DICE Against Battlefield 3 Mod Tools Because It Might Cause Hacks
Author: William Usher
published: 2012-08-19 15:19:09
You know why you won't be getting mod tools for Battlefield 3 and why Battlefield 3 will never get a mod equivalent to DayZ (or something better)? Because DICE thinks that mod tools will bring out the hackers and that it's too tricky to make mod tools available for the Xbox 360 and PS3. Yes, the reason really is that stupid.
According to Gamasutra, Karl Magnus Troedsson, general manager at DICE spoke a bit about why modding tools aren't available for Battlefield 3 especially after the huge success of the DayZ mod, which helped bring in one million new players to Bohemia Interactive's military simulator, Arma II. Troedsson says "we're afraid of all the things that can come with releasing the code." and this includes hacks and exploits...uh, like Battlefield 3 isn't being plagued with hacks and exploits right now? Sure, buddy...whatever you say.
The other reason was a bit more asinine and would probably only be taken at face value from a blind monkey who doesn't understand the difference between his mouth and his anus and effectively can't tell the difference between food and poop. Troedsson stated that "If we do mod support, we want to do it really, really well," and "we are not ready to do this yet." Why? Because according to Gamasutra, Troedsson stated that it's tricky getting mod tools to work on the Xbox 360 and PS3. Ehh, what?!
All right, so the answers were so bogus that some gamers felt that maybe DICE was trying to give hints as to why an SDK wasn't made available for Battlefield 3 and their stupid answers were code for: “EA doesn't want us to release an SDK because free map-packs would cannibalize sales for DLC map packs.”
No one said DICE had to release SDK toolsets right at launch, but instead of working on map packs and DLC they could have been spending that time working on perfecting the SDK for public consumption.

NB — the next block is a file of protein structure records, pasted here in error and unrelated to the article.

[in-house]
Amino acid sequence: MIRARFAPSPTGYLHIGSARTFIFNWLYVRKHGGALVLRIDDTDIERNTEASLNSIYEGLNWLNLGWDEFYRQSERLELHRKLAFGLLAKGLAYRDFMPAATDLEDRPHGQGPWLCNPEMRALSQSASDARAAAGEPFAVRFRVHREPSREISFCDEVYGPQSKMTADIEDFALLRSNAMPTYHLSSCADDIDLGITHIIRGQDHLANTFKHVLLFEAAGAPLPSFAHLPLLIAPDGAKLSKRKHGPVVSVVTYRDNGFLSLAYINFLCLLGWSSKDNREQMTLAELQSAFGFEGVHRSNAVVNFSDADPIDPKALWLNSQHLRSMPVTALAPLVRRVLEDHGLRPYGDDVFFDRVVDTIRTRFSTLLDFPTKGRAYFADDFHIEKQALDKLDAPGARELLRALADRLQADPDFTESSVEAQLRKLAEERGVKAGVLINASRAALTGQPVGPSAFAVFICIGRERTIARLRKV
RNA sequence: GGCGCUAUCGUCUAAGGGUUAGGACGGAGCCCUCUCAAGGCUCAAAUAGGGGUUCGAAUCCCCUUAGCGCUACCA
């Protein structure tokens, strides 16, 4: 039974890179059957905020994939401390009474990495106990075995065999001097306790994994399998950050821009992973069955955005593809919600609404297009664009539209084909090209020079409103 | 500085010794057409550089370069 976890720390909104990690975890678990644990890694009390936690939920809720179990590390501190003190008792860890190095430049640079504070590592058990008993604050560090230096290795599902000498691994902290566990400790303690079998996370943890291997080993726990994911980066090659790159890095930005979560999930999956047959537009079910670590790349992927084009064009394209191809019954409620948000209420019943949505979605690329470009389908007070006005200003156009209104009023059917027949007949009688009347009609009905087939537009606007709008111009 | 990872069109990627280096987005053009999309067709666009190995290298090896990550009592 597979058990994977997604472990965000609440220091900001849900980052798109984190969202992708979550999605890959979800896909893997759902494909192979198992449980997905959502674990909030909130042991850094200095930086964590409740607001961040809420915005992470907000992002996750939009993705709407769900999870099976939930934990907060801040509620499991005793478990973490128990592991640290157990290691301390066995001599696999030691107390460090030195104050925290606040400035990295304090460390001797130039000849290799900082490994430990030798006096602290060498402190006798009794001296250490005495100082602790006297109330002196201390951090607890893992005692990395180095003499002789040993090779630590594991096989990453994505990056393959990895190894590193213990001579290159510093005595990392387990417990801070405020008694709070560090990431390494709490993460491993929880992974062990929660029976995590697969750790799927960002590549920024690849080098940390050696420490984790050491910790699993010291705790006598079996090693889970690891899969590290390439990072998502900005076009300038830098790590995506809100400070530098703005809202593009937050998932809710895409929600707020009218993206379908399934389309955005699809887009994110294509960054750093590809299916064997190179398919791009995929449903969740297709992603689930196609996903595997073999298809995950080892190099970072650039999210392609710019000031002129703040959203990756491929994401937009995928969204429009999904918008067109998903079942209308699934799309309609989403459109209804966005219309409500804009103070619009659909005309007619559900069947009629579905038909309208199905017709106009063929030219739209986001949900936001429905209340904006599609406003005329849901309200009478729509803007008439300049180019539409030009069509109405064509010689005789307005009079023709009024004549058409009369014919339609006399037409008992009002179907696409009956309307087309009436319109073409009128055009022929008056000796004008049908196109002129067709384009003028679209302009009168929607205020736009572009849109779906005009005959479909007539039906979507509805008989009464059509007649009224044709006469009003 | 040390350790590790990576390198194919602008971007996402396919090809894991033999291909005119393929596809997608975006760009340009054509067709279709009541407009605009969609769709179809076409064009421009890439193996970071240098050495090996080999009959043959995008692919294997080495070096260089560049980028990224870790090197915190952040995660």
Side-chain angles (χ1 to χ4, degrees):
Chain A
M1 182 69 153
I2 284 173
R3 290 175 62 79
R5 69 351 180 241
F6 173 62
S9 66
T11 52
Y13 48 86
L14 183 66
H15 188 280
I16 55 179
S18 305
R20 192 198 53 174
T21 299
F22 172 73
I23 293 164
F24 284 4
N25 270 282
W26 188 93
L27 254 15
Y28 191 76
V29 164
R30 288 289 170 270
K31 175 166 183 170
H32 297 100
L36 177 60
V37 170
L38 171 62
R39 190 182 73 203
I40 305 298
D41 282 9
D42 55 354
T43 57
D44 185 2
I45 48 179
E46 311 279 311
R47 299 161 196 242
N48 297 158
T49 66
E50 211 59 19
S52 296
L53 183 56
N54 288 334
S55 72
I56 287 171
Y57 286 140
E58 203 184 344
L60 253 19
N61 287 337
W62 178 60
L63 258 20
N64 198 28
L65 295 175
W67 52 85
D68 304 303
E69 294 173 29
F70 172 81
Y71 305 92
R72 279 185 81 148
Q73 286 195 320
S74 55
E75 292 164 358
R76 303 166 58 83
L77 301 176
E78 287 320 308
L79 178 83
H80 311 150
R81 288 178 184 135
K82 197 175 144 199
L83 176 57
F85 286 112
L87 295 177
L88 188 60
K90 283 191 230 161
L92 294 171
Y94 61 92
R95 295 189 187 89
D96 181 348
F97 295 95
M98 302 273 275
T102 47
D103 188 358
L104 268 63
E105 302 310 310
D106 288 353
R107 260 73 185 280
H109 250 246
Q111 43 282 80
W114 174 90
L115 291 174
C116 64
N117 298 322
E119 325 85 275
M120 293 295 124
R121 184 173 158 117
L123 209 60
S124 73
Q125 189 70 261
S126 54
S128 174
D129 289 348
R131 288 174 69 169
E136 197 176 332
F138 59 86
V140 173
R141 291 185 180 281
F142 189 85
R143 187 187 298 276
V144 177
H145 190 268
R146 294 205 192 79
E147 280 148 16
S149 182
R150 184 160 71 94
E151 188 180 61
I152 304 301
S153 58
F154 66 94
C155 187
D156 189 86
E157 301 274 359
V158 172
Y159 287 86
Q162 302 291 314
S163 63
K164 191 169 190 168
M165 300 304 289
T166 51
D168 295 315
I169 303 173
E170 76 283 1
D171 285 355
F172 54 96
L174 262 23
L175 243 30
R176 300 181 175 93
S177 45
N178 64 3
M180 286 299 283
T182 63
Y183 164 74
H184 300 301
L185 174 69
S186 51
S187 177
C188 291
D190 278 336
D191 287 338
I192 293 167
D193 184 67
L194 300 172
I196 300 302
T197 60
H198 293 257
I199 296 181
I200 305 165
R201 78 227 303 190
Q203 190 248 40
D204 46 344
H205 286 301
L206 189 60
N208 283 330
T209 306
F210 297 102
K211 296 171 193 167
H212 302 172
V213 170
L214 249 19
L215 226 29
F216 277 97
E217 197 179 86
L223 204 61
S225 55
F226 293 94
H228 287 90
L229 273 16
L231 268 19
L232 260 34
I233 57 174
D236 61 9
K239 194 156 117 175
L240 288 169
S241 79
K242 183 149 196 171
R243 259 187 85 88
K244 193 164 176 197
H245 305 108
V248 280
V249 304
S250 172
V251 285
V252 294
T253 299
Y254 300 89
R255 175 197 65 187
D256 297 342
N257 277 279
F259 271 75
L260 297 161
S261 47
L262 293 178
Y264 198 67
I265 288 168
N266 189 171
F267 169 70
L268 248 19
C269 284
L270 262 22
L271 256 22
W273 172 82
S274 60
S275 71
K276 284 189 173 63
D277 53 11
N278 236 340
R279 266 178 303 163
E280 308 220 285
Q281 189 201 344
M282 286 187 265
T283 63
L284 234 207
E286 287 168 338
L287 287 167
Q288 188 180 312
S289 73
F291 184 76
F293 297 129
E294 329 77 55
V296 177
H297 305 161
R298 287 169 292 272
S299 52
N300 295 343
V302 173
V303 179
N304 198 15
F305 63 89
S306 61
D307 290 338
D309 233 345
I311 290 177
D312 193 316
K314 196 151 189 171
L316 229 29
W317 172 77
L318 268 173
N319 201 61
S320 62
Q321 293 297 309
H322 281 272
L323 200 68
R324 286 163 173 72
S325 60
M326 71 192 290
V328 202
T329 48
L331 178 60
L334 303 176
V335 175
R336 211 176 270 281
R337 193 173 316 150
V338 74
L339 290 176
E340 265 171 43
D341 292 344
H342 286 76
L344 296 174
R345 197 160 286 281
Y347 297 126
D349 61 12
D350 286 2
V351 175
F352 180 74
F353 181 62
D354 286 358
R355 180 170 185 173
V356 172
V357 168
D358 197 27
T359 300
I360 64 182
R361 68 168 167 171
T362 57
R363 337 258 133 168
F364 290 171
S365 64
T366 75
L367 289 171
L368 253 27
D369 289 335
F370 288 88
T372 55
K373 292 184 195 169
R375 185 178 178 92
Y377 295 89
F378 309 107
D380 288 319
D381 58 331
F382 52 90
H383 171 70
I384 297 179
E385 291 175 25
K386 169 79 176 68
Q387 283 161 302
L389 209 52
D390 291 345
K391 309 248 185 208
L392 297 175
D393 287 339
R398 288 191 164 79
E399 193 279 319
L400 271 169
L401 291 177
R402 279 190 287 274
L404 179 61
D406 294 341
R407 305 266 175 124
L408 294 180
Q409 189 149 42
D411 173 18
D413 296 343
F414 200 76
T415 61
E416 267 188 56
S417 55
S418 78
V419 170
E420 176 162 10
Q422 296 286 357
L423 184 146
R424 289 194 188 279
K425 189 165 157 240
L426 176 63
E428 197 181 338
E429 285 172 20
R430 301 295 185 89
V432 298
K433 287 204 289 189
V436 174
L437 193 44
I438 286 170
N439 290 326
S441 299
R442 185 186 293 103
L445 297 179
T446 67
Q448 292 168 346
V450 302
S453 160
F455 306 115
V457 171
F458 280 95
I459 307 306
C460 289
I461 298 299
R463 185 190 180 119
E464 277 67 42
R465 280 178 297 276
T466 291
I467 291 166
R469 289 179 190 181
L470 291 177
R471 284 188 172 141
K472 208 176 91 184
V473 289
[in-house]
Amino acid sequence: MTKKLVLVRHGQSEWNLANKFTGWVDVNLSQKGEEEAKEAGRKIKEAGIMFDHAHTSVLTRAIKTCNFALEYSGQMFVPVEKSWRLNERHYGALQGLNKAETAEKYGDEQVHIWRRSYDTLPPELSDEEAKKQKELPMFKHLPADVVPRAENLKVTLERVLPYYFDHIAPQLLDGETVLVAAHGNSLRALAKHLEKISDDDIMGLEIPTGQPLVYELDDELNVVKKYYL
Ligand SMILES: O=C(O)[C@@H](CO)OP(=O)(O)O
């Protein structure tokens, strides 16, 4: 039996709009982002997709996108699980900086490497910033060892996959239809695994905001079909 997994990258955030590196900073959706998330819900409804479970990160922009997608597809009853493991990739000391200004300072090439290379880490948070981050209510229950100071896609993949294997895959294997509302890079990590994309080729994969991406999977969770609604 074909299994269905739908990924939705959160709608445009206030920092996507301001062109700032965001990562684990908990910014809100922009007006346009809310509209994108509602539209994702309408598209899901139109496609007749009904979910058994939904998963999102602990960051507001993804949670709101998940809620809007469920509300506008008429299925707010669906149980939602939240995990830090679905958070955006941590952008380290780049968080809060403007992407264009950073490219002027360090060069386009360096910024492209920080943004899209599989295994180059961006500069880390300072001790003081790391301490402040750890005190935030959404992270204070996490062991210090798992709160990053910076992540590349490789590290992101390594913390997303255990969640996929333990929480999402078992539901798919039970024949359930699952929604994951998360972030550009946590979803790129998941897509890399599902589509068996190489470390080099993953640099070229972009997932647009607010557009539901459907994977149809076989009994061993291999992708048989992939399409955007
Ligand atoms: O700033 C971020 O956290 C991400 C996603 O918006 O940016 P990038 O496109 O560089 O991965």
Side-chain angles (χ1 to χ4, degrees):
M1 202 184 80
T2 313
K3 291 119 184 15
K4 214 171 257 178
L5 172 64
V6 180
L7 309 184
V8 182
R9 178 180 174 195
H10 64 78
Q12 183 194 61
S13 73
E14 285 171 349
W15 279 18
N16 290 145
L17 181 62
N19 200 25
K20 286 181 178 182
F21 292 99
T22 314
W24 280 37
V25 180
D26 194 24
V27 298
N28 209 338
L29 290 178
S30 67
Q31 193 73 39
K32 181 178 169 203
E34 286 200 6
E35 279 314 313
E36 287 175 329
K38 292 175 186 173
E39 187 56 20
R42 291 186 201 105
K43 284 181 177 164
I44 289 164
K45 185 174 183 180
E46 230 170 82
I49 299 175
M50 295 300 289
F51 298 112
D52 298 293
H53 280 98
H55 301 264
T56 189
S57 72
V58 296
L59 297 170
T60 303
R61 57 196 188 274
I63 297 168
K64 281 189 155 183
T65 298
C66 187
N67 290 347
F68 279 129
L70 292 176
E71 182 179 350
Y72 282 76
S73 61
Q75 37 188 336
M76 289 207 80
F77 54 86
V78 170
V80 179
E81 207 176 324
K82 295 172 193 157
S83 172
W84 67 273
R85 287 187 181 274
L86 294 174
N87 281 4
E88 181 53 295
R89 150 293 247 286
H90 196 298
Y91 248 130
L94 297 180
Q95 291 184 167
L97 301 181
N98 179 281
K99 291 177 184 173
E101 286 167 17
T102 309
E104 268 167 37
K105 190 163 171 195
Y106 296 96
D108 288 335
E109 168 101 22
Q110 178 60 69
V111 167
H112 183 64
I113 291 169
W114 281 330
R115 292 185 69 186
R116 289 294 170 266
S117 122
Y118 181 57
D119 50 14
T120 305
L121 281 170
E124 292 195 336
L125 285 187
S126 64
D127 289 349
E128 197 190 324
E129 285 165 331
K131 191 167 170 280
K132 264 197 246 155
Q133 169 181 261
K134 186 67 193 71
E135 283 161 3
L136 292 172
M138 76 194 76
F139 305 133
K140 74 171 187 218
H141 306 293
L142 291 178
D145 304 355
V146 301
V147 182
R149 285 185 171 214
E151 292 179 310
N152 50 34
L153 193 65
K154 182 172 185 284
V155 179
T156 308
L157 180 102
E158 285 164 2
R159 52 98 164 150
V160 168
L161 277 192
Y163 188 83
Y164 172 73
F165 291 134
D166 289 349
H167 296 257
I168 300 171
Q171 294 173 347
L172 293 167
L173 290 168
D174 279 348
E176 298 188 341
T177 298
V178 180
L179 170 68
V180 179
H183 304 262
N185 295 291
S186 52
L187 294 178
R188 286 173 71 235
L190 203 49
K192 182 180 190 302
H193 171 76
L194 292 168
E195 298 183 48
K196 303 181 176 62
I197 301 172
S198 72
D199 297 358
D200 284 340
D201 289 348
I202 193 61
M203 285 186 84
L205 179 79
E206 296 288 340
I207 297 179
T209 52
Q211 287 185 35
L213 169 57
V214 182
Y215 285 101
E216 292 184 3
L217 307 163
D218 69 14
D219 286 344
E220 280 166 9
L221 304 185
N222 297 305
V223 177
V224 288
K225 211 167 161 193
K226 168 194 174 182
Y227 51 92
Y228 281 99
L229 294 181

The major problem is that big studios don't see the benefit of mod support. They don't see long-term playability and replayability as a high-point of brand success or community support. Instead, they see it as a profit-eating entity that derails sales of DLC. If you think that's bogus, that's exactly why Blizzard killed LAN support and modding for Starcraft II and Diablo III.
Here I'll refresh your memory with a quote from Chris Sigaty, the production director at Blizzard, who stated that...
Honestly, WarCraft III, was and still is, one of the most popular games in the world as far as DotA [Defense of the Ancients] goes, and it was basically played sight unseen across all that. We basically stood around and waved at it. So yeah, piracy plays a factor and that is a reality.
Pfft, what an idiot. You'd kill longevity and replayability just to get some fast, upfront sales? Really? It doesn't take a lot of guesswork to figure out why people still love Valve, Bethesda and CD Projekt.
Speaking of Valve, both Blizzard and EA seem to be missing the big picture here: Mods prolong a game's lifespan long after its initial sales, Half-Life and Half-Life 2 are proof of this. Just a short while ago BioWare's director of online development, Fenando Melo, was encouraging other developers at GDC Europe to embrace day-1 DLC as a way to extend a game's life.
EA, DICE and BioWare are missing out on a huge boost in both community credibility and long-term sales growth of their property brands by replacing the SDK paradigm with the DLC paradigm.
Just think, it could have been EA and DICE picking up all those extra sales of Battlefield 3 with a DayZ-type mod, had the SDK tools been made available to the public. Instead, they get to watch on the sidelines as a new gaming phenomenon takes off right in front of their eyes and soars to success on a $0 marketing budget and a whole lot of positive word of mouth.
At least CD Projekt RED was smart enough to jump on the bandwagon while the bandwagon is smoking hot with the new REDKit for the The Witcher 2. I wouldn't put it past EA or Blizzard to hop aboard after the next big mod becomes a community phenomenon.
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